TABLE 5
⅙ sheetStaticDynamic
thickness½ sheet thickness partYoung'sYoung's
parttexturemodulusmodulus
Prod.TStexture{332}<113>{225}<110>RDTDRDTD
No.SteelMPa1*2*(A)(B)(A)/(B)GPaGPaGPaGPaRemarks
25K6133.96.04.67.80.59225231231233Inv. ex.
266291.18.55.38.20.65226236235232Inv. ex.
275760.00.54.64.61.00213229228234Comp. ex.
28L6530.011.0 6.58.20.79230233238231Inv. ex.
296590.011.5 5.97.70.77234236238234Inv. ex.
306891.15.76.98.30.83224236231230Inv. ex.
31M6904.05.88.59.20.92222239233241Inv. ex.
326992.16.310.511.50.91223234235236Inv. ex.
33N7351.18.416.05.82.76225231242233Inv. ex.
346321.76.811.58.31.39223230241235Inv. ex.
357520.00.02.63.20.81204216204220Comp. ex.
36O6501.39.07.68.20.93227231232231Inv. ex.
37P6620.914.4 7.910.60.75234231239234Inv. ex.
386891.47.46.58.60.76225236231234Inv. ex.
39Q6601.49.08.29.60.85227235232236Inv. ex.
40R9801.27.49.510.50.90223234237237Inv. ex.
41S5944.35.96.98.30.83222235229237Inv. ex.
42T7922.36.04.612.50.37223235230235Inv. ex.
43U7085.74.86.15.51.11213231231235Comp. ex.
44V4424.32.61.28.30.14209230221232Comp. ex.
45W5239.26.17.610.30.74216231237232Comp. ex.
46X7283.93.85.37.80.68215228220233Comp. ex.
47Y5422.22.24.55.70.79203229205230Comp. ex.
48Z5554.32.73.66.20.58206216205217Comp. ex.
(Note)
Underlines are conditions outside range of present invention.
1*: Sum of X-ray random intensity ratio of {100}<001> orientation and X-ray random intensity ratio of {110}<001> orientation
2*: Sum of maximum value of X-ray random intensity ratios of {110}<111> to {110}<112> orientation group and X-ray random intensity ratio of {211}<111> orientation

Example 2

Steels C and M shown in Table 1 were used for hot rolling under the conditions shown in Table 6. Production Nos. 50, 52, and 53 shown in Table 6 are examples of differential peripheral speed rolling changing the differential peripheral speed rates at the final three passes of the final rolling stand comprised of a total of six passes, that is, the fourth pass, fifth pass, and sixth pass. Note that the hot rolling conditions not shown in Table 6 are all similar to Example 1. Further, in the same way as Example 1, the tensile properties and textures of the ⅙ sheet thickness part and ½ sheet thickness part were measured and the Young's modulus was measured. The results are shown in Table 7.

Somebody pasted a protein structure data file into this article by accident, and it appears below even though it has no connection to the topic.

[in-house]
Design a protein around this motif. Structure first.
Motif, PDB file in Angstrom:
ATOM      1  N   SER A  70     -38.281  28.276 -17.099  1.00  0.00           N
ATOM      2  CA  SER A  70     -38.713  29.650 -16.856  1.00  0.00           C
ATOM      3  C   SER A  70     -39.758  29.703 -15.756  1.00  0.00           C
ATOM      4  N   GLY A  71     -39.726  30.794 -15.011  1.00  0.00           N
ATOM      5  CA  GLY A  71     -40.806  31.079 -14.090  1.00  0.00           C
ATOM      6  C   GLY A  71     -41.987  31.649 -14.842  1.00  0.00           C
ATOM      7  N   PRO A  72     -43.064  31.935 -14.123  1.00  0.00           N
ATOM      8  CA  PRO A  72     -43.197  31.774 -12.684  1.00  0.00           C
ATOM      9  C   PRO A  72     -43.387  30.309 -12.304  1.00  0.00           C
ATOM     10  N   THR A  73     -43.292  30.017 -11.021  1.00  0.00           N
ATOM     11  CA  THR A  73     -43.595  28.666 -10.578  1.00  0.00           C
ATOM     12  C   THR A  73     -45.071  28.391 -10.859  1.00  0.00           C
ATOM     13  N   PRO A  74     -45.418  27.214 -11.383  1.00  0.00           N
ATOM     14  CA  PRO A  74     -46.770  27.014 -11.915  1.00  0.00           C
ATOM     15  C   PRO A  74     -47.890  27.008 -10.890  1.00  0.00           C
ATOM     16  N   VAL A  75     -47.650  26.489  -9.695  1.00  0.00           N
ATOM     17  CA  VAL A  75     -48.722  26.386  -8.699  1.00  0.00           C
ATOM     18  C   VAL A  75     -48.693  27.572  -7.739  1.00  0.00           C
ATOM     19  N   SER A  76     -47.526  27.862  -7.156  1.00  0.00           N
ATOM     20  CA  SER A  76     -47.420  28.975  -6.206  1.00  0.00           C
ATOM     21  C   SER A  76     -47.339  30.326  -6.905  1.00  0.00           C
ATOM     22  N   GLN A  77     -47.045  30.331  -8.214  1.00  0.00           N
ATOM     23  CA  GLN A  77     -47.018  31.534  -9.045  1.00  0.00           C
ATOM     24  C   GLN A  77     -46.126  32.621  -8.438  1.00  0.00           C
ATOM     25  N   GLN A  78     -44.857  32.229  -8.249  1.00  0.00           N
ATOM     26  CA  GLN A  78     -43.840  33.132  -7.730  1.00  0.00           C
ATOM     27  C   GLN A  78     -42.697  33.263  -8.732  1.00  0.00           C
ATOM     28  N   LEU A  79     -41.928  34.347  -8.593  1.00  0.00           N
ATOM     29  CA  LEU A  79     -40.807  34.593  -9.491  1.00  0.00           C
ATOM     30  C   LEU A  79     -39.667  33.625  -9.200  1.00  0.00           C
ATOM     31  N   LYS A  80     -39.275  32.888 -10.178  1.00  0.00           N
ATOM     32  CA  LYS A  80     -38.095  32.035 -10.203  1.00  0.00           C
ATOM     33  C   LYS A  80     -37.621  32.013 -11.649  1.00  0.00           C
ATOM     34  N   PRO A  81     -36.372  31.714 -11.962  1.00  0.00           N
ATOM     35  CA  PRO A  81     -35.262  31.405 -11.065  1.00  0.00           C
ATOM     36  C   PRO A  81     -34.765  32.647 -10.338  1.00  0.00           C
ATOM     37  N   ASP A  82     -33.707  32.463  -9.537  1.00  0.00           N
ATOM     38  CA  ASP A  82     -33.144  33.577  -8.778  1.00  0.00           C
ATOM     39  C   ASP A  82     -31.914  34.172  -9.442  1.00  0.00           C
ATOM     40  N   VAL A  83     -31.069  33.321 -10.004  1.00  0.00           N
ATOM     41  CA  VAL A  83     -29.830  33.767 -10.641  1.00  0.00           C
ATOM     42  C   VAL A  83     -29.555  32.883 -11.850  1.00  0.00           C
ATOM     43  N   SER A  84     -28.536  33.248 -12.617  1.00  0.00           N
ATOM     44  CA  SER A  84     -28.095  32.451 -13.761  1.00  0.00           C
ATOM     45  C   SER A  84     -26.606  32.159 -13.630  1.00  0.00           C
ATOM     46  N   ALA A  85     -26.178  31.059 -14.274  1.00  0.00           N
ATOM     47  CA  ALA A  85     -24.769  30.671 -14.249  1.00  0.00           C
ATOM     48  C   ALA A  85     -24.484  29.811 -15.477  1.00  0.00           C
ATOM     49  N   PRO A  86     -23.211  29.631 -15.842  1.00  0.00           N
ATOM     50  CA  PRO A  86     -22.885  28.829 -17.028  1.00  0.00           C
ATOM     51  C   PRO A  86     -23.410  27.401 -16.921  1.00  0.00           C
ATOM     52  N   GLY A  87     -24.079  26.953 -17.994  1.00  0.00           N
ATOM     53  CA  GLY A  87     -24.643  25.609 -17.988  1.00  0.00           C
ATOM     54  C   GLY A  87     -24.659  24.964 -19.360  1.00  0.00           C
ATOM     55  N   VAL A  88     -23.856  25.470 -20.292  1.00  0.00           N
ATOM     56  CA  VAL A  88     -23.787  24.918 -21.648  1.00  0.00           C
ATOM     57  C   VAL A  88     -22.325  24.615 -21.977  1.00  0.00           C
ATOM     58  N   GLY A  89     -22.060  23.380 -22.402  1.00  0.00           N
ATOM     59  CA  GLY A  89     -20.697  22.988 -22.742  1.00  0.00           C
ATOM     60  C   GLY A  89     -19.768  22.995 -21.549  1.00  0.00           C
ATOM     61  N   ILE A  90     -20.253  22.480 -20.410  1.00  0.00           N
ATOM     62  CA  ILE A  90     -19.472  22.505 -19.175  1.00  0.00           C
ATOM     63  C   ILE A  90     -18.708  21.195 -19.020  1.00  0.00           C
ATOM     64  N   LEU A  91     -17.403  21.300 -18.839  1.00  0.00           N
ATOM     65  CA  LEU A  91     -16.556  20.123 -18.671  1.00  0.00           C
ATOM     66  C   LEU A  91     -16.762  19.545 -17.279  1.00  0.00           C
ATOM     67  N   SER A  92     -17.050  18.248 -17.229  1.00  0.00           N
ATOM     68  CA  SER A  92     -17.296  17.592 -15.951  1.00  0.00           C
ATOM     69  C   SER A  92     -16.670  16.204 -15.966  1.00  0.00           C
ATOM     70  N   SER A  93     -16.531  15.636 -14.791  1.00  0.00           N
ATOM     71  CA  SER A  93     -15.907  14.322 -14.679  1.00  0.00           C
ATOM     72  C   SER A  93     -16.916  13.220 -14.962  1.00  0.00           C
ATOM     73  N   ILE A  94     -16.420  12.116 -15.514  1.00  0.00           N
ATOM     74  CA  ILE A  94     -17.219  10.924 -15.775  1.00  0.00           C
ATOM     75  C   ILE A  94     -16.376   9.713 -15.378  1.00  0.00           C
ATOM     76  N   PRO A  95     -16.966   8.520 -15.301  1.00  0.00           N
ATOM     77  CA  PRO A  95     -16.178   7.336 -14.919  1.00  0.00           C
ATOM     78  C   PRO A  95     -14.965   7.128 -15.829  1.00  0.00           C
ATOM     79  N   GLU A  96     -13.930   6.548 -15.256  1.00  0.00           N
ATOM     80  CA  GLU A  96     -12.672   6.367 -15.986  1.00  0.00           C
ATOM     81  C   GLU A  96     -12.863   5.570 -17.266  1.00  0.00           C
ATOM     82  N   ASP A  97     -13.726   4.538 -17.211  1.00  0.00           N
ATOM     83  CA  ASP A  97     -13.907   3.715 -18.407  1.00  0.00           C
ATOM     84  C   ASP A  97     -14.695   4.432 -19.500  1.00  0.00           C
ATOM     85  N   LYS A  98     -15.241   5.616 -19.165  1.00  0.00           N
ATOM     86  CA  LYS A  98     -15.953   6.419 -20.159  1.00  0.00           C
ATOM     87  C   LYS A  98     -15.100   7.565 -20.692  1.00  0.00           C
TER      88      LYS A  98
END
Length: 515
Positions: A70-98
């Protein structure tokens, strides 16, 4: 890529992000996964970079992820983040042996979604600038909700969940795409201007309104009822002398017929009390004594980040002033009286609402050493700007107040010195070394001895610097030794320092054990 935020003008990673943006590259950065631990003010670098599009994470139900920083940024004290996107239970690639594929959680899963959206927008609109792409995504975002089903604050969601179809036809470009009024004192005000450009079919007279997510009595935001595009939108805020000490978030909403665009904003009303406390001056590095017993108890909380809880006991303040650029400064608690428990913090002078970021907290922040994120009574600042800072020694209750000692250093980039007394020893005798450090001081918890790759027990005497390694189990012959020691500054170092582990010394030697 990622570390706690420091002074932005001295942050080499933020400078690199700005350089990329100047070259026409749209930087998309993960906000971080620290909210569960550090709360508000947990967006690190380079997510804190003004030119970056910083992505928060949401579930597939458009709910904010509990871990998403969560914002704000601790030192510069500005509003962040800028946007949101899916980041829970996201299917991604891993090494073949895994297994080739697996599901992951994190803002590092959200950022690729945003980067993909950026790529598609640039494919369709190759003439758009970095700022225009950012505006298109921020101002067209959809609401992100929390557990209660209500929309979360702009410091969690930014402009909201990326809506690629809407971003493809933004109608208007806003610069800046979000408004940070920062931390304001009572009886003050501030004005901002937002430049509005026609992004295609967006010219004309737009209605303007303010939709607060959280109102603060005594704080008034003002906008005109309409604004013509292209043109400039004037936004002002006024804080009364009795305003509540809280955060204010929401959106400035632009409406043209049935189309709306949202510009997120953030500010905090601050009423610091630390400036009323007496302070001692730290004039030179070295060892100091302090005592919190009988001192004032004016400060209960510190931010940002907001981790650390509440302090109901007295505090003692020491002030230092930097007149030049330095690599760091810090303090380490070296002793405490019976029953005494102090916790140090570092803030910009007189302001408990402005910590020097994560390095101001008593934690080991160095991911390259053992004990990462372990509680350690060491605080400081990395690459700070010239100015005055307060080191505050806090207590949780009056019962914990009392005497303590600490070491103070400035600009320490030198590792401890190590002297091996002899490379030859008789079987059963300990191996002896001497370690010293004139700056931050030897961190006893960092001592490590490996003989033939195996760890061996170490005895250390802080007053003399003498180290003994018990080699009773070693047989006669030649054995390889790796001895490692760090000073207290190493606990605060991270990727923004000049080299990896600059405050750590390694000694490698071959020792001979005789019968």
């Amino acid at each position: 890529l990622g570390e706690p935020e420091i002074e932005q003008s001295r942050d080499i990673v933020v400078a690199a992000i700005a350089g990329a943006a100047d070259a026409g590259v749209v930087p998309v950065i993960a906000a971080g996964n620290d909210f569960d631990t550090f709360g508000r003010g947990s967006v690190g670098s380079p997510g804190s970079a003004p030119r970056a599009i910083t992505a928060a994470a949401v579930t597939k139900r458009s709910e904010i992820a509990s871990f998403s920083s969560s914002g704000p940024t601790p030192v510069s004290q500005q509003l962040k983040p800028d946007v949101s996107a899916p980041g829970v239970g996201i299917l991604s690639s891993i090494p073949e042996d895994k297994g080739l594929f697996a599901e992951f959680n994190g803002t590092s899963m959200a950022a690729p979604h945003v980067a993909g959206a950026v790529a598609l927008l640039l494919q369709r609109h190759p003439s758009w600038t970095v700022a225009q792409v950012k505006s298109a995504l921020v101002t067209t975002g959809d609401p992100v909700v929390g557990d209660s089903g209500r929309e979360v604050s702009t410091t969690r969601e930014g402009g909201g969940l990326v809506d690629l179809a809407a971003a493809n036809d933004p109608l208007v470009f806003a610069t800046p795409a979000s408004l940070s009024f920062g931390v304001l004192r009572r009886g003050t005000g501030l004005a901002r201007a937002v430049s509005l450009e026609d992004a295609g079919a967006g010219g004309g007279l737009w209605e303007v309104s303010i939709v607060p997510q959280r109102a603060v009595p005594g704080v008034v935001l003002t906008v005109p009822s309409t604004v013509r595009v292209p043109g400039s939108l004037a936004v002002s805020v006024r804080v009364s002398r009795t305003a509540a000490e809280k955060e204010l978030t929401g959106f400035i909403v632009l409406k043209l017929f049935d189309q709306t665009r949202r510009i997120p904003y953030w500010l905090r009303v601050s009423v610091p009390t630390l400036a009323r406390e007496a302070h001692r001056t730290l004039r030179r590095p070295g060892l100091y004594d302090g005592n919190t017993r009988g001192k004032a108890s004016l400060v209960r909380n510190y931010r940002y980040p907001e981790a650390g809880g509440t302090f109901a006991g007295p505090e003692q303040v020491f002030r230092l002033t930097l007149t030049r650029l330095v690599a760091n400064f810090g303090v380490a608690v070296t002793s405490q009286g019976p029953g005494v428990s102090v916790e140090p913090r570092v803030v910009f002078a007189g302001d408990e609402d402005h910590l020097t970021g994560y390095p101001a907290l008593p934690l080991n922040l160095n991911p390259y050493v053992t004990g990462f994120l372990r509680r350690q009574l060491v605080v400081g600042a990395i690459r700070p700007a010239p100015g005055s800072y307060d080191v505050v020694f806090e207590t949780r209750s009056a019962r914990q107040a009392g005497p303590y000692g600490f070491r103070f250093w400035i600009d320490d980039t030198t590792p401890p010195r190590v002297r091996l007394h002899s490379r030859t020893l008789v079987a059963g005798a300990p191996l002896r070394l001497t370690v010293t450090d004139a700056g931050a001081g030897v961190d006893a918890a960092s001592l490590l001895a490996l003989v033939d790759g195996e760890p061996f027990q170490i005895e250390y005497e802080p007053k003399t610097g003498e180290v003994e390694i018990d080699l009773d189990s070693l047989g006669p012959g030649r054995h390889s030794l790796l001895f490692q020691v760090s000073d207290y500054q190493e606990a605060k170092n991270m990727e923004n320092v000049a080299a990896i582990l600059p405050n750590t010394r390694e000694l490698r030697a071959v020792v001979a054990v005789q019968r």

As clear from this, when hot rolling steel having the chemical ingredients of the present invention under suitable conditions, if applying 1% or more differential peripheral speed rolling for one pass or more, formation of texture near the surface layer is promoted and furthermore the Young's modulus is improved.

TABLE 6
Differential
peripheral
speed rate
(%)
Prod.Ar3SRTRollingShape ratio4th5th6thFTCT
No.Steel° C.° C.rate %1P2P3P4P5P6PPass/failpasspasspass° C.° C.Remarks
49C7471250803.575.235.926.115.23Pass000885500Inv. ex.
50782.523.575.225.935.005.23Pass1055889500Inv. ex.
51M7751200521.952.442.302.201.872.40Pass000861600Inv. ex.
52531.952.442.302.181.922.40Pass333859600Inv. ex.
53551.952.442.302.251.932.35Pass02020855600Inv. ex.

TABLE 7
⅙ sheetStaticDynamic
thickness½ sheet thickness partYoung'sYoung's
parttexturemodulusmodulus
Prod.TStexture{332}<113>{225}<110>RDTDRDTD
No.SteelMPa1*2*(A)(B)(A)/(B)GPaGPaGPaGPaRemarks
49C7231.78.07.68.30.92225231231236Inv. ex.
507351.113.87.38.50.86236236239237Inv. ex.
51M6992.17.37.99.20.86223234235236Inv. ex.
527121.69.26.57.20.9232237238239Inv. ex.
537080.912.55.88.00.7236241240241Inv. ex.
1*: Sum of X-ray random intensity ratio of {100}<001> orientation and X-ray random intensity ratio of {110}<001> orientation
2*: Sum of maximum value of X-ray random intensity ratios of {110}<111> to {110}<112> orientation group and X-ray random intensity ratio of {211}<111> orientation

Example 3

Steels D and N shown in Table 1 were used for hot rolling while changing the effective strains ε* as shown in Table 8. Note that the hot rolling conditions not shown in Table 8 are all similar to Example 1. Further, in the same way as Example 1, the tensile properties and textures of the ⅙ sheet thickness part and ½ sheet thickness part were measured and the Young's modulus was measured. The results are shown in Table 9.

As clear from this, when hot rolling steel having the chemical ingredients of the present invention under suitable conditions, if making the effective strain ε* 0.4 or more, formation of texture near the surface layer is promoted and furthermore the Young's modulus is improved.

TABLE 8
Prod.Ar3SRTRollingShape ratioFTCT
No.Steel° C.° C.rate %1P2P3P4P5P6PPass/fail° C.ε*° C.PlatingRemarks